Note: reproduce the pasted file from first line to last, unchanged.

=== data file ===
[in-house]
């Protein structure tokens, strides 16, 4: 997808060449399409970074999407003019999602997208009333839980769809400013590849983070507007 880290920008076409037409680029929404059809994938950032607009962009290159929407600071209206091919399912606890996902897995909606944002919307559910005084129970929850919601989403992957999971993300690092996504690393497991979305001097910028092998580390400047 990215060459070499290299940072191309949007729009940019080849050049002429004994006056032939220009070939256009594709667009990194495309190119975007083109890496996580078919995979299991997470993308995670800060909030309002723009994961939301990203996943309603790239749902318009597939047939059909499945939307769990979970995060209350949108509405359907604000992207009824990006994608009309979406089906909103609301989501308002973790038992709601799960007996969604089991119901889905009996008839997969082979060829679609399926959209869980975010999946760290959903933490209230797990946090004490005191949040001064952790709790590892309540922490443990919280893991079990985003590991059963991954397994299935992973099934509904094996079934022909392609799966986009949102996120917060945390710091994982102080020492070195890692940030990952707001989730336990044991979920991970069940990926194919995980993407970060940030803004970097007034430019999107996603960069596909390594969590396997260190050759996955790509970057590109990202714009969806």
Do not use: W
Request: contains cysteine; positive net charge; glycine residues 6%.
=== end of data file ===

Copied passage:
[in-house]
């Protein structure tokens, strides 16, 4: 997808060449399409970074999407003019999602997208009333839980769809400013590849983070507007 880290920008076409037409680029929404059809994938950032607009962009290159929407600071209206091919399912606890996902897995909606944002919307559910005084129970929850919601989403992957999971993300690092996504690393497991979305001097910028092998580390400047 990215060459070499290299940072191309949007729009940019080849050049002429004994006056032939220009070939256009594709667009990194495309190119975007083109890496996580078919995979299991997470993308995670800060909030309002723009994961939301990203996943309603790239749902318009597939047939059909499945939307769990979970995060209350949108509405359907604000992207009824990006994608009309979406089906909103609301989501308002973790038992709601799960007996969604089991119901889905009996008839997969082979060829679609399926959209869980975010999946760290959903933490209230797990946090004490005191949040001064952790709790590892309540922490443990919280893991079990985003590991059963991954397994299935992973099934509904094996079934022909392609799966986009949102996120917060945390710091994982102080020492070195890692940030990952707001989730336990044991979920991970069940990926194919995980993407970060940030803004970097007034430019999107996603960069596909390594969590396997260190050759996955790509970057590109990202714009969806």
Do not use: W
Request: contains cysteine; positive net charge; glycine residues 6%.